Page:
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Nursing Pharmacology

Pharmacology 201

QuestionAnswer
Chemical Name A precise description of the chemical composition and molecular stucture of the drug.
Collaborative Problems The physiologic complications that nurses monitor to detect their onset or changes in status.
Dosage The section of specific drug information that presents the currently approved regimen governing the size, frequency, and the number of doses of a therapeutic agent.
Drug Any substance used in the diagnosis, cure, or treatment, or prevention of a disease or condition.
Generic (Nonproprietary) Name Simplifed version of the chemical name. It is the official name listed in official compendiums.
indications The officially approved therapeutic purposes of the durg or the conditions for which it is used
Mechanism of action The section of specific drug information that explains how the drug acts at the biochemical levelor cellular level to produce its therapeutic effects.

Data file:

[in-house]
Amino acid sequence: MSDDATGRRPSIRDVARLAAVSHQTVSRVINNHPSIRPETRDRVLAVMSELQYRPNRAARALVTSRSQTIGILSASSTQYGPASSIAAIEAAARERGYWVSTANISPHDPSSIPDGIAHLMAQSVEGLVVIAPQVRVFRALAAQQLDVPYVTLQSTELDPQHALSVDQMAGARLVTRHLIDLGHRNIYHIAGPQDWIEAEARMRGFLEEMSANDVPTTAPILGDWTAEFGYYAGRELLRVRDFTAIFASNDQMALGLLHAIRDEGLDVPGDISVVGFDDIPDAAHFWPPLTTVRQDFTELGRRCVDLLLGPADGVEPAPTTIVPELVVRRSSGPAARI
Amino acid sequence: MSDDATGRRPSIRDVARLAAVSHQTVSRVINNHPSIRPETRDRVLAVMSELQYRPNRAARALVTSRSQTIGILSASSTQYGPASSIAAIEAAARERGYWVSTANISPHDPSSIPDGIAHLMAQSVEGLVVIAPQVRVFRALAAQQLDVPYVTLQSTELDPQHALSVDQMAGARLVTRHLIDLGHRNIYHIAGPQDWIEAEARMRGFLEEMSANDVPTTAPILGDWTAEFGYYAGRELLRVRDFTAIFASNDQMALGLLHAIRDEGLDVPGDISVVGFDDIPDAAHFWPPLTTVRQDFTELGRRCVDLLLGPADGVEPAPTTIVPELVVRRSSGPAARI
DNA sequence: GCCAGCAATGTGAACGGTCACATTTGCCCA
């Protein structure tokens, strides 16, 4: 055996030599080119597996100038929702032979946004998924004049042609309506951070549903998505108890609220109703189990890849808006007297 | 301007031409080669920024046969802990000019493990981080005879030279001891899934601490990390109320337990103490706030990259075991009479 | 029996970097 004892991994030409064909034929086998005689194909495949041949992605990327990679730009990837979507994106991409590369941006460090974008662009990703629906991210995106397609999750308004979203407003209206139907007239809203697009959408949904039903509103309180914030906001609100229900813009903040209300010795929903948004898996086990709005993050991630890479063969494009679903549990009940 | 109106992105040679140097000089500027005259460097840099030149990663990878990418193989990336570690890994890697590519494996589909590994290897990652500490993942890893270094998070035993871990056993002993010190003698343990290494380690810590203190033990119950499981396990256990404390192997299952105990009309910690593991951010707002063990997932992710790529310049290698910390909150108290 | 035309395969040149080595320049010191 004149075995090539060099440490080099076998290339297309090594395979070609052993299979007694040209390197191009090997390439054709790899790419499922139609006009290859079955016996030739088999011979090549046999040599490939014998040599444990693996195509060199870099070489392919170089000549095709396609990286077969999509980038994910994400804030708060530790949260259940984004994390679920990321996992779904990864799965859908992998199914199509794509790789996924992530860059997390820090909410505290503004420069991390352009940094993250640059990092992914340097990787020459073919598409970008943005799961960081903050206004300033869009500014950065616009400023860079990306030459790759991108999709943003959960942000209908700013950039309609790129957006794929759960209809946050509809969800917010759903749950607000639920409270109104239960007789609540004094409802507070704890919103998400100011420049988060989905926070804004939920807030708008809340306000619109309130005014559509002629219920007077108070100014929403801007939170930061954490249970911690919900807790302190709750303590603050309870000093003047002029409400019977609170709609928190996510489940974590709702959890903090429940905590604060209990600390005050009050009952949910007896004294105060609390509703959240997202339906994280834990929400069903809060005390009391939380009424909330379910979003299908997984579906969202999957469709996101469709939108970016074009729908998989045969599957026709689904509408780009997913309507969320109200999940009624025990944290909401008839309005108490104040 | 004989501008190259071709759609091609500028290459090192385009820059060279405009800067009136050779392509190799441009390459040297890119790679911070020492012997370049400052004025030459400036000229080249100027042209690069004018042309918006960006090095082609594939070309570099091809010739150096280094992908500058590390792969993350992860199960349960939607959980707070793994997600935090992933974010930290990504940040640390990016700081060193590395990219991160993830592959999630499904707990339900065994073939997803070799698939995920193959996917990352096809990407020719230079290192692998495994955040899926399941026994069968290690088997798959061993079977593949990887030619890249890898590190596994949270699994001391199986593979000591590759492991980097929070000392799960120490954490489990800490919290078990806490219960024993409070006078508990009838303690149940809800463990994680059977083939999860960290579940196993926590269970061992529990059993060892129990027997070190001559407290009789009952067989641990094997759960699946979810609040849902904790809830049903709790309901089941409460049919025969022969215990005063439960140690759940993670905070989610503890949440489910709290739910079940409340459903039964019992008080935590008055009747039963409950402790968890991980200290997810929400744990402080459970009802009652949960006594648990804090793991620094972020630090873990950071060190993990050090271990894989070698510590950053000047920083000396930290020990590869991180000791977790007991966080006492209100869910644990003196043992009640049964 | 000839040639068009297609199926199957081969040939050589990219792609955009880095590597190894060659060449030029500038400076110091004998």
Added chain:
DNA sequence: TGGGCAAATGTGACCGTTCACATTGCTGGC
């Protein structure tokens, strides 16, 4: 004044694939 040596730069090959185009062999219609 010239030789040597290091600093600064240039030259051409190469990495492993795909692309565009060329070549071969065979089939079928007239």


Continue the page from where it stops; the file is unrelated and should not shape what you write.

Nonprescription or over-the-counter (OTC) drug A drug that may be purchased without a prescription.
Pharmacokinetics The section of specific drug information that specifies how the drug is apsorbed, distributed, associated with tissue, biotrasformed or metabolized, and excreted.
Pharmacopeia The total of all authorized drugs available within a country; it contains descriptions, recipes, strengths, standards of purity, and dosage forms for the drugs.
Pregnancy Safety Boxes of specific drug information that list the FDA pregnancy safety category associated with various drugs, which indicates the documented problems with the use of a drug during pregnancy.
Prescription Drug or Legend Drug A drug which requires a legal prescription in order to be dispensed.